“Many an October evening while watching this procession of La Naval, and having divined, by a general excitement, the approach of the image, he has heard the cries and trumpets of the passing concourse. He has seen her blaze into vision against the skies of his city, born upon cloud of incense and music, her face on fire with jewels and mysterious with the veneration of centuries, with gleaming rainbows forming and falling all about her and silken doves bobbing whitely among her flowers of gold and silver -- Oh, beautiful and radiant as an apparition! -- the Presence at Lepanto, Lady and Queen and Mother of Manila, the Virgin of the Fifteen Mysteries.”
- Nick Joaquin
The Feast of La Naval de Manila-- the so-called 'procesion de procesiones'-- is certainly one of the grandest celebrations of Old, and Contemporary, Manila. The story of Lepanto is familiar to all; familiar to us, too, are the stories of the miraculous intercession of the Blessed Virgin, routing the Turkish hosts from Europe and preserving Christendom from destruction. In the Philippines, this story is echoed in the Saga of La Naval-- and how the miraculous Virgin was able to rout a superior Dutch force from the shores of Manila with only a handful of decrepit ships, and a paltry number of Spanish and Filipino forces manning them. This was a feat repeated all of five times, each seemingly more miraculous than the next. And it is for this reason that Nuestra Señora del Santisimo Rosario is hailed as the Queen of the Philippines, her mighty and unfailing champion in times of distress. Over the centuries, jewels and gold and silver and all sorts of precious ornaments and elaborately embroidered dresses have been given to the Virgin. Jewels from visiting royals and medallions from National Artists (Joaquin, notably) have all been laid at the feet of this Grand Lady. In her magnificent, boat-shaped triumphal carriage of silver, La Naval, as she has come to be known in this part of the world, was an imposing-- and majestic-- presence indeed.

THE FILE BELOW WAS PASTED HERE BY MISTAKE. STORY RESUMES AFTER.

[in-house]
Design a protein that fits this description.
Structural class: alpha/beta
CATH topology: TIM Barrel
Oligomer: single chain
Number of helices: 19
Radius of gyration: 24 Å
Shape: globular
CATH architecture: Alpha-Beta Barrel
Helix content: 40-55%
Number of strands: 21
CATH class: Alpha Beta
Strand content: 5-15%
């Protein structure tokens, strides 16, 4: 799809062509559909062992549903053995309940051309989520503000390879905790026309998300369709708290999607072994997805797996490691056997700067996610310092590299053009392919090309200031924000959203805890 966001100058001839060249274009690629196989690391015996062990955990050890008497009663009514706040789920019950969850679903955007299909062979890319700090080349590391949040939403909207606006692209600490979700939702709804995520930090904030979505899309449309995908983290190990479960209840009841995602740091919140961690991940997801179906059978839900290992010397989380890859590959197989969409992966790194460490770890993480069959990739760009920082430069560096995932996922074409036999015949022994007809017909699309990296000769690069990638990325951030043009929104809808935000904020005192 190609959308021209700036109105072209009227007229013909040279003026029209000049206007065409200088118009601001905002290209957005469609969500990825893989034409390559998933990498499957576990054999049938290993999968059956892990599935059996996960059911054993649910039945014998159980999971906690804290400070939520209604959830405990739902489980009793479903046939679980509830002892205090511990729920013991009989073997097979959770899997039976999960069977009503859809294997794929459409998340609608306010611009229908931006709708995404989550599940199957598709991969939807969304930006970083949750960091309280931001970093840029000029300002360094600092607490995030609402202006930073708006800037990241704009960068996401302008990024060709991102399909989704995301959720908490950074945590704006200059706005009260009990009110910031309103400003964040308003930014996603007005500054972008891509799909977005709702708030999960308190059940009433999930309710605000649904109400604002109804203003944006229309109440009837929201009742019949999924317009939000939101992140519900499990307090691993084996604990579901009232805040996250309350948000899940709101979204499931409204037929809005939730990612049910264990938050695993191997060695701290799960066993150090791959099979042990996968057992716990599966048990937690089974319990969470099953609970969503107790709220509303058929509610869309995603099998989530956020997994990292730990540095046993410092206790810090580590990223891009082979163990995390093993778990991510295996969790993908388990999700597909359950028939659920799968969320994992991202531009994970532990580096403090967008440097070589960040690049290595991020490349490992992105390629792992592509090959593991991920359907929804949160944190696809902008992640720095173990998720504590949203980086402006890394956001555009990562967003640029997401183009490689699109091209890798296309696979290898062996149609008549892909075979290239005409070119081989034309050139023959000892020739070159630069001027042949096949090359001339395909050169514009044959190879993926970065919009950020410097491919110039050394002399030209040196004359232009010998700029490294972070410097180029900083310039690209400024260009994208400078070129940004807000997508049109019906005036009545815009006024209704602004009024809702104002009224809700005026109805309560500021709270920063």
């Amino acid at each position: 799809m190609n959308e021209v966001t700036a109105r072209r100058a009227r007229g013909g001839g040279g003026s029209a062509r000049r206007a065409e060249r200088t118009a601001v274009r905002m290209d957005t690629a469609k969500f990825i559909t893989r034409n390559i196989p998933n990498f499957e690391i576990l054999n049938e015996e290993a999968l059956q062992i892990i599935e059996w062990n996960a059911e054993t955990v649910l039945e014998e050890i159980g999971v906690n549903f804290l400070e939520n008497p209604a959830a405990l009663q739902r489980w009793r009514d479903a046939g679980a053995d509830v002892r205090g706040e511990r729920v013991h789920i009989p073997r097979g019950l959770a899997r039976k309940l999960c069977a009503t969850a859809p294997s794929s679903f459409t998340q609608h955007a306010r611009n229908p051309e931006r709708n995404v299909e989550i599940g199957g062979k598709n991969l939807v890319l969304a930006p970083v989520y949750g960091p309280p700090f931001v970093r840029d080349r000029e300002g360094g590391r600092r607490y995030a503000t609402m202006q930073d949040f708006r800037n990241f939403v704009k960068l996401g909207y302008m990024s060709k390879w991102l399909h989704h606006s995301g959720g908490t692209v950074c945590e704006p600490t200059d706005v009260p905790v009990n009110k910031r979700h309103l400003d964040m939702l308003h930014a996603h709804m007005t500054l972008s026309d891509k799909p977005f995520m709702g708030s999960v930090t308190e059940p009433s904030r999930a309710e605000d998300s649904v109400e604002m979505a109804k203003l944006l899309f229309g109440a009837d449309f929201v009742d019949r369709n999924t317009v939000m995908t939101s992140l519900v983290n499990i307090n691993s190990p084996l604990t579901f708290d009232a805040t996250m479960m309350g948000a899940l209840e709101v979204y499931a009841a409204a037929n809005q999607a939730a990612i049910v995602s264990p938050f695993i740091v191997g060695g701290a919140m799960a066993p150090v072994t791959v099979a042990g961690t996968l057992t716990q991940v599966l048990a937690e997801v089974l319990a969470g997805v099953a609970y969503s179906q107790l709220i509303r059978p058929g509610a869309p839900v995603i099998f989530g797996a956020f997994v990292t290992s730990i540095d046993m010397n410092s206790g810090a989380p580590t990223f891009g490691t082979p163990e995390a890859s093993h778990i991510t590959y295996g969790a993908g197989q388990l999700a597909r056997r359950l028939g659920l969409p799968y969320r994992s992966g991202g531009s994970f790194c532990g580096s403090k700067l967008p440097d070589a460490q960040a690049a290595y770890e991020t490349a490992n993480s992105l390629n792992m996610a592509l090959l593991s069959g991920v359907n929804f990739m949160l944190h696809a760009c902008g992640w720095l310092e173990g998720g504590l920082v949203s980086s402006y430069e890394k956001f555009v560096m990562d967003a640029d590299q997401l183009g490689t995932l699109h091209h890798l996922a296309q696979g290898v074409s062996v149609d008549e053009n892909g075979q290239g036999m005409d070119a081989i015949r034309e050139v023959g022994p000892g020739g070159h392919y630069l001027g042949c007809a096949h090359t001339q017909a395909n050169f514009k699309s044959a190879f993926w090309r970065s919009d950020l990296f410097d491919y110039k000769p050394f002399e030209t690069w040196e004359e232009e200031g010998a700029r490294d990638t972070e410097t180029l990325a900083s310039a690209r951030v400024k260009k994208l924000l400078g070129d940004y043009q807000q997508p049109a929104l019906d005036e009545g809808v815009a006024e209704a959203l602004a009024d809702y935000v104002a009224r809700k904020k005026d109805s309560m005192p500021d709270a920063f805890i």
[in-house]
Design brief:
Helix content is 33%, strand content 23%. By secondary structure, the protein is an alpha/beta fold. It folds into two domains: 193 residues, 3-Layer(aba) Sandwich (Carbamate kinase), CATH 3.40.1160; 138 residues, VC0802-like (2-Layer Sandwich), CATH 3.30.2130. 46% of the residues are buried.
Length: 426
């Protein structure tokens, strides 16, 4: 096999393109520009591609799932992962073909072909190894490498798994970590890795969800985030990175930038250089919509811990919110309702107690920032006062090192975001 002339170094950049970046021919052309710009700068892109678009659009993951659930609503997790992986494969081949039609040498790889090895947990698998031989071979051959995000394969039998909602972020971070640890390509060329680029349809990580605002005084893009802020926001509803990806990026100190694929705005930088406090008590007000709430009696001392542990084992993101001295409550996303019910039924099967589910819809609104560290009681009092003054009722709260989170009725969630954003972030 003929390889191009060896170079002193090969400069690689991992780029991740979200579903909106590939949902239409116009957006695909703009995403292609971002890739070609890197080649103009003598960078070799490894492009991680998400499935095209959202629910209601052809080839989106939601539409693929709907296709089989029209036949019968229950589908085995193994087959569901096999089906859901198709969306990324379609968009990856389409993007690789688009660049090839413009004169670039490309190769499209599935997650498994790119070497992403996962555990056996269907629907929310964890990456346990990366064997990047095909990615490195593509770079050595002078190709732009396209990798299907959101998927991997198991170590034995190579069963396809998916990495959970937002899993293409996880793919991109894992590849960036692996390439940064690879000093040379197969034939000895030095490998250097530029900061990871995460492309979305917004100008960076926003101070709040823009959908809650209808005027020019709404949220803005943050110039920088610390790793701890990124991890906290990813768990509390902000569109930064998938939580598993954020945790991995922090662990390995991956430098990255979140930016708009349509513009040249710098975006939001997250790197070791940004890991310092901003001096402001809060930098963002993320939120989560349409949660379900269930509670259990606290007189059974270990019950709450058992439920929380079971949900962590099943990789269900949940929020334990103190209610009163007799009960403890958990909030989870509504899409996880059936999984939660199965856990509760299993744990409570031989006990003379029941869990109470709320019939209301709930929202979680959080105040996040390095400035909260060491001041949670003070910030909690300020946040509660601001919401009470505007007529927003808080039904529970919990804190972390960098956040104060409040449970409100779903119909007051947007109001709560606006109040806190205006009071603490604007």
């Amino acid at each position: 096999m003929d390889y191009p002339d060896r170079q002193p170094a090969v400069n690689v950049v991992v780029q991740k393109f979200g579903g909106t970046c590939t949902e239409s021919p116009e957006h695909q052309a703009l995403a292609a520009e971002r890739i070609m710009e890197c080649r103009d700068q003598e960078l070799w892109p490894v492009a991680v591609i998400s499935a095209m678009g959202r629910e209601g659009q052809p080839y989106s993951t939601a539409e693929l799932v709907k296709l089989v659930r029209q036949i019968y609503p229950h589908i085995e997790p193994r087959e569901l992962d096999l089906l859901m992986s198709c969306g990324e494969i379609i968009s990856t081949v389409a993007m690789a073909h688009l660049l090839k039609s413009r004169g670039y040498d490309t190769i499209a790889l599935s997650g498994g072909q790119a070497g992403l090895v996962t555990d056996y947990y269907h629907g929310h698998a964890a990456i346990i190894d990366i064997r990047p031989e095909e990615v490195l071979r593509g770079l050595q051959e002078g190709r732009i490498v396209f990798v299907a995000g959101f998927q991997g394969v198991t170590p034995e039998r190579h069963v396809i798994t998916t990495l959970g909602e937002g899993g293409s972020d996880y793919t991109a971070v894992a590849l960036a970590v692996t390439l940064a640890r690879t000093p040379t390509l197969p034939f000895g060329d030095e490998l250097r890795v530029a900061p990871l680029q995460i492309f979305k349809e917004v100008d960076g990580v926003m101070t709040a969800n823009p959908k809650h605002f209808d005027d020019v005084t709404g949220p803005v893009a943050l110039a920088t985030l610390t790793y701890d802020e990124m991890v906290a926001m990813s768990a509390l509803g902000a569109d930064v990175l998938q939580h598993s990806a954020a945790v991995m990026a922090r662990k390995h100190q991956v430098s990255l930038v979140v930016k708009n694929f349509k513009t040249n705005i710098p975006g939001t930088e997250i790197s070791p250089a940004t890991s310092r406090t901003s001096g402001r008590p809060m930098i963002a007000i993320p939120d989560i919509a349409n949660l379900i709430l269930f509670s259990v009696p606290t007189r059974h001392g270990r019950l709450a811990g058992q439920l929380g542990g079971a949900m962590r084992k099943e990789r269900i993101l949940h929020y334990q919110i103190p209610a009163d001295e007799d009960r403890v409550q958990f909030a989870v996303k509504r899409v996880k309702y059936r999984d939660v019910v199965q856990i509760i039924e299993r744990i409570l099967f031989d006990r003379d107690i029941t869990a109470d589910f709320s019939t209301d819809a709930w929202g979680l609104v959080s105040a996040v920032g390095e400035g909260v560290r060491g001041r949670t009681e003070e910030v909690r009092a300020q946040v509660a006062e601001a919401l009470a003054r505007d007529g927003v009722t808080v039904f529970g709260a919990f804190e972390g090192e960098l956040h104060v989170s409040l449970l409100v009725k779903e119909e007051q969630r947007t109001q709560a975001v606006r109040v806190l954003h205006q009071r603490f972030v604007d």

Though the intercession of the Virgin of the Rosary has saved this country multiple times in the past, the Great War which wrecked Manila and reduced it into a burnt-out cinder nearly threatened to destroy the image. Ultimately, though, the faith of her devotees persevered, and the savior herself was saved. Here follows an account of the 'rescue' of La Naval from the ruins of the Old Sto. Domingo.
The image of the “Santo Rosario,” along with her regalia — her gold crowns and renowned jewels — along with the other Great Treasures of the Manila Dominicans — the jewel-encrusted gold chalices, monstrances, reliquaries, ecclesiastical accoutrements, silver tabernacles, candlesticks, torcheres, missal stands, banners, ornate ewers and basins, important centuries-old documents, and many other valuables — had been stored by the Spanish Dominicans in their large vault located on the ground floor of the Church Complex. The late Rev. Fr. Augusto Antonio, O.P. described the Santo Domingo Church Vault to Rafael del Casal as having had very thick walls. As The Fire raged for many days and nights, and while the Manila Dominicans prayed for the safety of their Greatest Treasure — the 350 year old miraculous image of the “Santo Rosario” — The Great and Terrible Possibility loomed that the image of the Virgin would not survive the Extreme Heat from The Fire which had completely permeated the vault — and the entire Church Complex as well…